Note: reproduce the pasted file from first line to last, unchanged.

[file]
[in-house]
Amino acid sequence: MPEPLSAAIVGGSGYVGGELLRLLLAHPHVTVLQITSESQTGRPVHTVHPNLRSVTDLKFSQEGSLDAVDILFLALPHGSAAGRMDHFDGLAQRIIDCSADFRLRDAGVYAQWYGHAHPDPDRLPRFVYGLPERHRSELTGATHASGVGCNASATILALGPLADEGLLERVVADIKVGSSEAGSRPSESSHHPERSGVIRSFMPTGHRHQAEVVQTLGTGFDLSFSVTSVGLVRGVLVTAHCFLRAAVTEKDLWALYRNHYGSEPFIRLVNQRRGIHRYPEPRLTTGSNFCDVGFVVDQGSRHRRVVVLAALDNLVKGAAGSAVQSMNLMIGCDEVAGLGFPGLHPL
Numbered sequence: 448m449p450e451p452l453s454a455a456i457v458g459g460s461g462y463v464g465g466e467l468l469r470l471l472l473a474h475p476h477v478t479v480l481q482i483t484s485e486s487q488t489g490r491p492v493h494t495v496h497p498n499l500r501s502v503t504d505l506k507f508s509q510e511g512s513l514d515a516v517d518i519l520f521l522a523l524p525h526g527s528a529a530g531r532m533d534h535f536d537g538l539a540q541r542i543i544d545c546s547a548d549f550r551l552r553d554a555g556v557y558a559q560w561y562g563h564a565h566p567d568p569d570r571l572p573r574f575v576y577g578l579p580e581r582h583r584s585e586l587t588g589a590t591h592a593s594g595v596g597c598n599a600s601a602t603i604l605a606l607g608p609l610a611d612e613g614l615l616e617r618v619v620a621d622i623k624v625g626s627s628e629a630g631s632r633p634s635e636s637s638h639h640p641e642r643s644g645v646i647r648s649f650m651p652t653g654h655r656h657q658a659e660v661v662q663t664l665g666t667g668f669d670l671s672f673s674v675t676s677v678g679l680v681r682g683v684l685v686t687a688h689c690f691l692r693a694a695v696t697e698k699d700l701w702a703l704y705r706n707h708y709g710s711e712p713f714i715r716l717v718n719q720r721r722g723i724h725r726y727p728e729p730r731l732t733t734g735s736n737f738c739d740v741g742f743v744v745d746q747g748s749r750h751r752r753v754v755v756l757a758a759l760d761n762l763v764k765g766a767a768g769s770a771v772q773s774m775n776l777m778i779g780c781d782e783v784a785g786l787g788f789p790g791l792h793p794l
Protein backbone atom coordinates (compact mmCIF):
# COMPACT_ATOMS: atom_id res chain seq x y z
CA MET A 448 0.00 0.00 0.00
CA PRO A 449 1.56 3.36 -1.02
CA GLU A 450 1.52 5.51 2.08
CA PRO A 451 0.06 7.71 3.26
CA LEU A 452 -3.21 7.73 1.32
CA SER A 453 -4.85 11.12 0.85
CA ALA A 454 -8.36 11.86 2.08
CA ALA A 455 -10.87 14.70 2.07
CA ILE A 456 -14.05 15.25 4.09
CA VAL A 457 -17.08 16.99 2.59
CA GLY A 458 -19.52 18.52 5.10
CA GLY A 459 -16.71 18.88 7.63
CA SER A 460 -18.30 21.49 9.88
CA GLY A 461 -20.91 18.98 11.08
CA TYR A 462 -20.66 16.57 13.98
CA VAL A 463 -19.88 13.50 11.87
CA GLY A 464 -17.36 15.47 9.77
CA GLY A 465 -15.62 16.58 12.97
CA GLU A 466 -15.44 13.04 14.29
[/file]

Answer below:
[in-house]
Amino acid sequence: MPEPLSAAIVGGSGYVGGELLRLLLAHPHVTVLQITSESQTGRPVHTVHPNLRSVTDLKFSQEGSLDAVDILFLALPHGSAAGRMDHFDGLAQRIIDCSADFRLRDAGVYAQWYGHAHPDPDRLPRFVYGLPERHRSELTGATHASGVGCNASATILALGPLADEGLLERVVADIKVGSSEAGSRPSESSHHPERSGVIRSFMPTGHRHQAEVVQTLGTGFDLSFSVTSVGLVRGVLVTAHCFLRAAVTEKDLWALYRNHYGSEPFIRLVNQRRGIHRYPEPRLTTGSNFCDVGFVVDQGSRHRRVVVLAALDNLVKGAAGSAVQSMNLMIGCDEVAGLGFPGLHPL
Numbered sequence: 448m449p450e451p452l453s454a455a456i457v458g459g460s461g462y463v464g465g466e467l468l469r470l471l472l473a474h475p476h477v478t479v480l481q482i483t484s485e486s487q488t489g490r491p492v493h494t495v496h497p498n499l500r501s502v503t504d505l506k507f508s509q510e511g512s513l514d515a516v517d518i519l520f521l522a523l524p525h526g527s528a529a530g531r532m533d534h535f536d537g538l539a540q541r542i543i544d545c546s547a548d549f550r551l552r553d554a555g556v557y558a559q560w561y562g563h564a565h566p567d568p569d570r571l572p573r574f575v576y577g578l579p580e581r582h583r584s585e586l587t588g589a590t591h592a593s594g595v596g597c598n599a600s601a602t603i604l605a606l607g608p609l610a611d612e613g614l615l616e617r618v619v620a621d622i623k624v625g626s627s628e629a630g631s632r633p634s635e636s637s638h639h640p641e642r643s644g645v646i647r648s649f650m651p652t653g654h655r656h657q658a659e660v661v662q663t664l665g666t667g668f669d670l671s672f673s674v675t676s677v678g679l680v681r682g683v684l685v686t687a688h689c690f691l692r693a694a695v696t697e698k699d700l701w702a703l704y705r706n707h708y709g710s711e712p713f714i715r716l717v718n719q720r721r722g723i724h725r726y727p728e729p730r731l732t733t734g735s736n737f738c739d740v741g742f743v744v745d746q747g748s749r750h751r752r753v754v755v756l757a758a759l760d761n762l763v764k765g766a767a768g769s770a771v772q773s774m775n776l777m778i779g780c781d782e783v784a785g786l787g788f789p790g791l792h793p794l
Protein backbone atom coordinates (compact mmCIF):
# COMPACT_ATOMS: atom_id res chain seq x y z
CA MET A 448 0.00 0.00 0.00
CA PRO A 449 1.56 3.36 -1.02
CA GLU A 450 1.52 5.51 2.08
CA PRO A 451 0.06 7.71 3.26
CA LEU A 452 -3.21 7.73 1.32
CA SER A 453 -4.85 11.12 0.85
CA ALA A 454 -8.36 11.86 2.08
CA ALA A 455 -10.87 14.70 2.07
CA ILE A 456 -14.05 15.25 4.09
CA VAL A 457 -17.08 16.99 2.59
CA GLY A 458 -19.52 18.52 5.10
CA GLY A 459 -16.71 18.88 7.63
CA SER A 460 -18.30 21.49 9.88
CA GLY A 461 -20.91 18.98 11.08
CA TYR A 462 -20.66 16.57 13.98
CA VAL A 463 -19.88 13.50 11.87
CA GLY A 464 -17.36 15.47 9.77
CA GLY A 465 -15.62 16.58 12.97
CA GLU A 466 -15.44 13.04 14.29